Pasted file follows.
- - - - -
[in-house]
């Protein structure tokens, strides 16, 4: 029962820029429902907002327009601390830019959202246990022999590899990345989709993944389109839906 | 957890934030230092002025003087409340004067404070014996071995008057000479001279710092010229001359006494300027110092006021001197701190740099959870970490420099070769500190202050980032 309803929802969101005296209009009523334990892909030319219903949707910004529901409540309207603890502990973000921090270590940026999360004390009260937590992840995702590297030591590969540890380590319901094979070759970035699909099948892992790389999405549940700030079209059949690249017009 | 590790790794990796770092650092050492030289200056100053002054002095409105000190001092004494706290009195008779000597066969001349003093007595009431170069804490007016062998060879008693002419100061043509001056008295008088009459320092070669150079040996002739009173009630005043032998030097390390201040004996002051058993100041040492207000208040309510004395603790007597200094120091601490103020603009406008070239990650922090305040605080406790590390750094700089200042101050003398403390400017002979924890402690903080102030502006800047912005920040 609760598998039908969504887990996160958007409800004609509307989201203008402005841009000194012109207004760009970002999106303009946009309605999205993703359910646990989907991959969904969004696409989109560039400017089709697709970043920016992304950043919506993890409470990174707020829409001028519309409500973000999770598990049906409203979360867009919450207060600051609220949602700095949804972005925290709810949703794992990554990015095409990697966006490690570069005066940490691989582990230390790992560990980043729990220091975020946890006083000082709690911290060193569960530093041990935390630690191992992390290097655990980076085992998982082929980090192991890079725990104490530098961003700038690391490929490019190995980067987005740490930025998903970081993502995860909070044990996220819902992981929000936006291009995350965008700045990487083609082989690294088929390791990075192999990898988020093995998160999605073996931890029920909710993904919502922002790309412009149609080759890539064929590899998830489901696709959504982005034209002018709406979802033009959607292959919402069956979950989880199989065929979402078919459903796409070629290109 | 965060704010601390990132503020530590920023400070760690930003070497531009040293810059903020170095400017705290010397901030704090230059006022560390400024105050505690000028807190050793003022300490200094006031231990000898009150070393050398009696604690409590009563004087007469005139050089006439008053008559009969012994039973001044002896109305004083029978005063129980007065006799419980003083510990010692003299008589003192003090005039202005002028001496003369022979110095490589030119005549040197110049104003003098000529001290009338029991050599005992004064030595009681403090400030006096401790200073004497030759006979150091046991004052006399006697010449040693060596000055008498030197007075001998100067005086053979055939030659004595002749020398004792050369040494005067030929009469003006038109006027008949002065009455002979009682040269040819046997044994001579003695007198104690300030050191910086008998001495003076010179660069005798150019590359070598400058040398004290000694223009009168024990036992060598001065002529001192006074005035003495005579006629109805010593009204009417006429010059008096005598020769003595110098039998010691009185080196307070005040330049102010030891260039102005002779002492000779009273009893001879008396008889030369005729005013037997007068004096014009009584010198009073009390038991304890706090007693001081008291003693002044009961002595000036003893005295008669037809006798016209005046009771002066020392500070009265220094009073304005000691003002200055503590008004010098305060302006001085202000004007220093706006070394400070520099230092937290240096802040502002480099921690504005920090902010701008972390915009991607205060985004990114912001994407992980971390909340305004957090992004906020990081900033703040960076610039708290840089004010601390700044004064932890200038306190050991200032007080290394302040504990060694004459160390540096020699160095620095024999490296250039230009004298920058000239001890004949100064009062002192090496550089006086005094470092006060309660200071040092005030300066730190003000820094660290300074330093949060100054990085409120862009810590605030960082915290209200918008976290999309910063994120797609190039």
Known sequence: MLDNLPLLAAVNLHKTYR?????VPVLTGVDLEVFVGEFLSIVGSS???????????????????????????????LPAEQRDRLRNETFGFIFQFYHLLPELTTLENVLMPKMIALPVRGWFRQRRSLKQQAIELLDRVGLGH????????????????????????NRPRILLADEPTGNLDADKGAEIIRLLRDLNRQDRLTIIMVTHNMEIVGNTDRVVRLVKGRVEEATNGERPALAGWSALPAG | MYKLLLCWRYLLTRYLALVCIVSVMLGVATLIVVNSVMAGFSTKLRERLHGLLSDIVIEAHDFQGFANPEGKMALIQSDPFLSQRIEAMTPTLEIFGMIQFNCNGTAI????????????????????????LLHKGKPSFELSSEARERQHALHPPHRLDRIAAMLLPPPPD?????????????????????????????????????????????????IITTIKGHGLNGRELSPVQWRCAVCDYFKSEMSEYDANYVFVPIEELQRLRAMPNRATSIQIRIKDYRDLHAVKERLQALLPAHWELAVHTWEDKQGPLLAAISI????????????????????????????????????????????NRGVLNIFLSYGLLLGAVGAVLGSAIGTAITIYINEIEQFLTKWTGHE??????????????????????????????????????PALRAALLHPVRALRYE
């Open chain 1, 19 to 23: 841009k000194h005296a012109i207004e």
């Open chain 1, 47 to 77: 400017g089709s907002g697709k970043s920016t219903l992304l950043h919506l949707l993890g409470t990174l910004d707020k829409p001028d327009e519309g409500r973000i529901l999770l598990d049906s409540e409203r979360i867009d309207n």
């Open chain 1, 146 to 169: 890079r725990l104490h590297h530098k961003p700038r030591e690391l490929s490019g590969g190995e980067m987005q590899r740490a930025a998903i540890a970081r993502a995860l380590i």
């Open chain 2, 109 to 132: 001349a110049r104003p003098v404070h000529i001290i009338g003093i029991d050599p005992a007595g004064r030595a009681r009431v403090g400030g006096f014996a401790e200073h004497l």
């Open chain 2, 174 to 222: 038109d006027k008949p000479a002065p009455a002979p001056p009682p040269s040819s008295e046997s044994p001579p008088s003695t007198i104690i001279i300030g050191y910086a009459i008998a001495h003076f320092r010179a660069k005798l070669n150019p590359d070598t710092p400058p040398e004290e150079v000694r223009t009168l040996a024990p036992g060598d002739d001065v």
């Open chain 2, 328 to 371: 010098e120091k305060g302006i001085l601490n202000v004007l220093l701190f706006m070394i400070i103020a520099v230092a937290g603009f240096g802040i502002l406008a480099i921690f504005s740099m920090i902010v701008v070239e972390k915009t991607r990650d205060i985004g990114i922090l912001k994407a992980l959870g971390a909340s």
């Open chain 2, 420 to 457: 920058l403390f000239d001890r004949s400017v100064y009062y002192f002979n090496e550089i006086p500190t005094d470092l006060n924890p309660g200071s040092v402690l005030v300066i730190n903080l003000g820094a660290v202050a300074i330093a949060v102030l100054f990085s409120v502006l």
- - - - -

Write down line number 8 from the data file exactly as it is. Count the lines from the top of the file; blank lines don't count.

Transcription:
């Open chain 2, 174 to 222: 038109d006027k008949p000479a002065p009455a002979p001056p009682p040269s040819s008295e046997s044994p001579p008088s003695t007198i104690i001279i300030g050191y910086a009459i008998a001495h003076f320092r010179a660069k005798l070669n150019p590359d070598t710092p400058p040398e004290e150079v000694r223009t009168l040996a024990p036992g060598d002739d001065v």